WWF-Australia started investigating the impact of this horrific blaze very soon after. Sadly, we've found that the quokka population is only just starting to bounce back, some five years later. Worse still, our research suggests that this population may not fully recover until 2028.
The Western Australian Government has been working hard to control fox numbers, which threaten the mainland's quokkas. However, WWF's quokka project with the Department of Biodiversity, Conservation and Attractions (DBCA) has shown that recovering and protecting this vital population is going to take much more. Social media stardom is no guarantee of survival.
Over the years mainland quokkas have lost much of their preferred habitat and what habitat remains is very fragmented. Another bushfire or drought, the likes of which we are seeing more often under climate change, could be disastrous for this charismatic marsupial. Without linkages to unburnt patches of habitat, they can find it impossible to escape the flames.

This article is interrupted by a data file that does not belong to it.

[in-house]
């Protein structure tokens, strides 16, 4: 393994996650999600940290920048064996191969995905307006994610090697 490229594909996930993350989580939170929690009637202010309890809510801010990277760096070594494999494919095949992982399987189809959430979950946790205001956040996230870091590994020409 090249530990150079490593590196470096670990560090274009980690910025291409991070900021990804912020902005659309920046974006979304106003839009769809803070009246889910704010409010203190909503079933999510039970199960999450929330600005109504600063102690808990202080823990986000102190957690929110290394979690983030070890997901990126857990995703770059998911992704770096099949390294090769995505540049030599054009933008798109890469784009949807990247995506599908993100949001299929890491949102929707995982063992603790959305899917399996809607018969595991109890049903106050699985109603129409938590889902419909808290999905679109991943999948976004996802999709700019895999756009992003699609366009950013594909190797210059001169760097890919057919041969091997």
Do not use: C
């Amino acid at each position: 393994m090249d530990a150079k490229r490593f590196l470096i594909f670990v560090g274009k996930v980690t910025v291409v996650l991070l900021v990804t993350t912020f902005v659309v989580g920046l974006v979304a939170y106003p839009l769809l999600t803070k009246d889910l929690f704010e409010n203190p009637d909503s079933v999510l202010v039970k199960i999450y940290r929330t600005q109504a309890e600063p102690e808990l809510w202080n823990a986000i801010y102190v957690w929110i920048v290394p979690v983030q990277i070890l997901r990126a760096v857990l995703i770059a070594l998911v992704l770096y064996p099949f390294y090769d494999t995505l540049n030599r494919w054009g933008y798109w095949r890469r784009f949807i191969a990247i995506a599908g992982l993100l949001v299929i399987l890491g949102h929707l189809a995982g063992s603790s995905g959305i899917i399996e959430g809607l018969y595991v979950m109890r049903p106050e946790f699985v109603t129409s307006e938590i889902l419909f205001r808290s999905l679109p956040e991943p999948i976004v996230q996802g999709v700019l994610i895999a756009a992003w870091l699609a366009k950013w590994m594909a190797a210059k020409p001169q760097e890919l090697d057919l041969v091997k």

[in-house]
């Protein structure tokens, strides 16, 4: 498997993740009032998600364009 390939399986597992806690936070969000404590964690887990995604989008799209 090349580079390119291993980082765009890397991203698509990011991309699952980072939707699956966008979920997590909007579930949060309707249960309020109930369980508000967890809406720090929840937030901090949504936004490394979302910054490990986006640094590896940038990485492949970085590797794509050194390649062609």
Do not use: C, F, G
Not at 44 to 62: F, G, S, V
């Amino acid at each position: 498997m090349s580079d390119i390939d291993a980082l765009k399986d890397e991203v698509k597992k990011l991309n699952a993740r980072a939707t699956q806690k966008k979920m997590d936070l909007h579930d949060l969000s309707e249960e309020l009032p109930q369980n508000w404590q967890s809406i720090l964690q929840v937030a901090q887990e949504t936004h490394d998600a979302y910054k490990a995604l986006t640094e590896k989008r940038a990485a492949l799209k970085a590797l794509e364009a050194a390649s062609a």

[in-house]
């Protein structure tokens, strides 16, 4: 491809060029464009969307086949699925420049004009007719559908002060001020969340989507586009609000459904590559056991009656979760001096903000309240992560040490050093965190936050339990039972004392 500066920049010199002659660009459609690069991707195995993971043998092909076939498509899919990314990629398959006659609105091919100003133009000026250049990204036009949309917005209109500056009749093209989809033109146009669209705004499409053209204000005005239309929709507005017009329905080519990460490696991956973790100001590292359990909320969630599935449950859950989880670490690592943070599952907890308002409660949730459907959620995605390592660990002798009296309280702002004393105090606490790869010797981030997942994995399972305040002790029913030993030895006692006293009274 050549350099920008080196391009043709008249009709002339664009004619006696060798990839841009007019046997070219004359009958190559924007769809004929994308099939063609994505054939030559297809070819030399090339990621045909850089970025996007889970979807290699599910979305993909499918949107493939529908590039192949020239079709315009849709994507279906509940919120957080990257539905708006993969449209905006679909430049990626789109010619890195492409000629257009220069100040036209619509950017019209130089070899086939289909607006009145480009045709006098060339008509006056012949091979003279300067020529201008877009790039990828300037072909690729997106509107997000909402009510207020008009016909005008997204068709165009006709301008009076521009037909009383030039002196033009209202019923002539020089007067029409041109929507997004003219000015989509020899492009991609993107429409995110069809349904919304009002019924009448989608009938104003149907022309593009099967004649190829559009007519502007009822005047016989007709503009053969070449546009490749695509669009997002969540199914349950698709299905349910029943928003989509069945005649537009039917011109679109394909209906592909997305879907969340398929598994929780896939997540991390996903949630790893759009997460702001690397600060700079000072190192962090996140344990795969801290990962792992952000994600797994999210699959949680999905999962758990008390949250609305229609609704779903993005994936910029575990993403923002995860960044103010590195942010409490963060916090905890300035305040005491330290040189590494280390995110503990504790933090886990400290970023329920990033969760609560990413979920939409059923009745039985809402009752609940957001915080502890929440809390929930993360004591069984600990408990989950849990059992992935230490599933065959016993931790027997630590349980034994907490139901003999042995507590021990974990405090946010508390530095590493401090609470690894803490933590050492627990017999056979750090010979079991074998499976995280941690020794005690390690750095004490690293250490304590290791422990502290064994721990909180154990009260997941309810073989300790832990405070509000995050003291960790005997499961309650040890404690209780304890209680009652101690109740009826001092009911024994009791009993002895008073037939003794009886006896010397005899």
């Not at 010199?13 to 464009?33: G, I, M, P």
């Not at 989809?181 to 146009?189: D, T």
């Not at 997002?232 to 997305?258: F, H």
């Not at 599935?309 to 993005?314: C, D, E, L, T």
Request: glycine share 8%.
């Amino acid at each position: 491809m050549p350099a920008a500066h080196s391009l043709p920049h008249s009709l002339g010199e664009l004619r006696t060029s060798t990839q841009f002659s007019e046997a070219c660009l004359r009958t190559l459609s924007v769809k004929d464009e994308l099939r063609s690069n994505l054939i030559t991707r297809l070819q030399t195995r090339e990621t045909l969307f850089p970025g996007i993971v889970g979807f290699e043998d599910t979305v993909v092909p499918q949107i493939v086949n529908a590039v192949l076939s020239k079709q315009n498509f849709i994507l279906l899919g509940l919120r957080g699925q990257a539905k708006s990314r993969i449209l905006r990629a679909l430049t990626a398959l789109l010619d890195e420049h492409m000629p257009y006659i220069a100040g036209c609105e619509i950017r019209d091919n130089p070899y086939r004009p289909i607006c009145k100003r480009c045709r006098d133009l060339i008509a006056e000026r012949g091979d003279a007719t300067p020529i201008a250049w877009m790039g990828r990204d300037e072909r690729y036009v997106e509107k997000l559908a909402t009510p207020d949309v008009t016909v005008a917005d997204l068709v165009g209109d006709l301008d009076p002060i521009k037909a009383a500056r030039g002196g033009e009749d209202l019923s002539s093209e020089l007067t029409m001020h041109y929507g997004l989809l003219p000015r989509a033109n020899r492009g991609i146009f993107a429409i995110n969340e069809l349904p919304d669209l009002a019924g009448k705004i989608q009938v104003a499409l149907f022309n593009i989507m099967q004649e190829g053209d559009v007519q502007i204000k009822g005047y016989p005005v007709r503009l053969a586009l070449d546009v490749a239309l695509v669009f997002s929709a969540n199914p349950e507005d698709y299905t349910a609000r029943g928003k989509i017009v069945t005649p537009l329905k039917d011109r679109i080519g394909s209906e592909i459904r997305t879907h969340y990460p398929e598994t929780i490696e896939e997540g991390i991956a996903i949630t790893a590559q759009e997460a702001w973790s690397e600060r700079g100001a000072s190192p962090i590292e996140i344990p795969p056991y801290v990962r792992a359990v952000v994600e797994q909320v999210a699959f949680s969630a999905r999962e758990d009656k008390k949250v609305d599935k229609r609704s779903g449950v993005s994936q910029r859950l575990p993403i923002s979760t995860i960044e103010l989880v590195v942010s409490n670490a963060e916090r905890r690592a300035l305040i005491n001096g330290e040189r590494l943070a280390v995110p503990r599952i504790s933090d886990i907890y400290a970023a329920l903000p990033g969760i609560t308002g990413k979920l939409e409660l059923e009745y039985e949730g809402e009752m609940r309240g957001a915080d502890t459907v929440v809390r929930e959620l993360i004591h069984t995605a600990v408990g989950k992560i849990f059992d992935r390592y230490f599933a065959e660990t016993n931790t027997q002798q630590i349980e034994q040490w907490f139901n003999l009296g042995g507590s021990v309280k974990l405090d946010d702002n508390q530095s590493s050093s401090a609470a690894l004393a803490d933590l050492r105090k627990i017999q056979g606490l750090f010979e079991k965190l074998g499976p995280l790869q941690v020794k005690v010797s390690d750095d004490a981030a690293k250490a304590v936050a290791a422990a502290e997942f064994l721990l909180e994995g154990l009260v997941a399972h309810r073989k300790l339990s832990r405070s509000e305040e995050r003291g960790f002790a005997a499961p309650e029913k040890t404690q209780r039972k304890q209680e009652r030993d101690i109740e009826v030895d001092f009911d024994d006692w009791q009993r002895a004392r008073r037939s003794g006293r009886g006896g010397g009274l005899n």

Our research with the DBCA has confirmed that quokkas rely on a range of vegetation (mostly grasses, sedges and shrubs) to eat, regulate their body temperature during the heat of the day, and for protection from predators like foxes and feral cats.
As we're finding out, it can take many years before they feel safe enough to move back into forest recovering from fire. During that time, near Northcliffe, feral pigs have been especially challenging for recovery. Just as the bush has begun to regenerate, they've moved in, trampling fragile vegetation and effectively banishing any quokkas keen to return.